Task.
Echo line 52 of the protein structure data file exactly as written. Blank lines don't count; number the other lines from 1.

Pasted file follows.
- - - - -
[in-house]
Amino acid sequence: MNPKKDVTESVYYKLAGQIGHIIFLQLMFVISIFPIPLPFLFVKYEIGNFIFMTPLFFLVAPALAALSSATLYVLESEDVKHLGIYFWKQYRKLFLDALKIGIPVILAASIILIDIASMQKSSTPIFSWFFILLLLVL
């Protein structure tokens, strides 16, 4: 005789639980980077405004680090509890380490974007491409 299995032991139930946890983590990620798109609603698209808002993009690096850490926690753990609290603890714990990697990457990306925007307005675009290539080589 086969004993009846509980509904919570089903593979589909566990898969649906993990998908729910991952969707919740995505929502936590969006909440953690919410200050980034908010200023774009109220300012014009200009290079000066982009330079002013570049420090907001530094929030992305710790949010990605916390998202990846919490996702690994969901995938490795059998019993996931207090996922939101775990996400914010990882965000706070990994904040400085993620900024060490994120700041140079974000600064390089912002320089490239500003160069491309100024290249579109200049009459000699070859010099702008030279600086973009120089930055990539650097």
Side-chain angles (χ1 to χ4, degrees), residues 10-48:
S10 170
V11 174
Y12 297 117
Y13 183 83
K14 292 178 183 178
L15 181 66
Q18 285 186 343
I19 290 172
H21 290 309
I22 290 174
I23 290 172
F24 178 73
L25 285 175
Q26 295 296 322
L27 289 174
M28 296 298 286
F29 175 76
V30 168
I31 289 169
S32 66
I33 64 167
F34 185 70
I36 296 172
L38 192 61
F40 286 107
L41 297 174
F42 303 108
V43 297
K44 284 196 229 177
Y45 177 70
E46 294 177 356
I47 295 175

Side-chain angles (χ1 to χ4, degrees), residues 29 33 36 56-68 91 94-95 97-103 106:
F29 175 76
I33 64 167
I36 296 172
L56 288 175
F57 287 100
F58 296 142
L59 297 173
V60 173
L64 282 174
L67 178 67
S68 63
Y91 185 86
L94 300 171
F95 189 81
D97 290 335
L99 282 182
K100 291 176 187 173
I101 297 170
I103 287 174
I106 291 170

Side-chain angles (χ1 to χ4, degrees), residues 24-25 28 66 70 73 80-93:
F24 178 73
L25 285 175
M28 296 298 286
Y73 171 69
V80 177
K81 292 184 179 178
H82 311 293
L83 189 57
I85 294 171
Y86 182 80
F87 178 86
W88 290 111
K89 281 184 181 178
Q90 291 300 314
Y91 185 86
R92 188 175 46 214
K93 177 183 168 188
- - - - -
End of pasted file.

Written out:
D97 290 335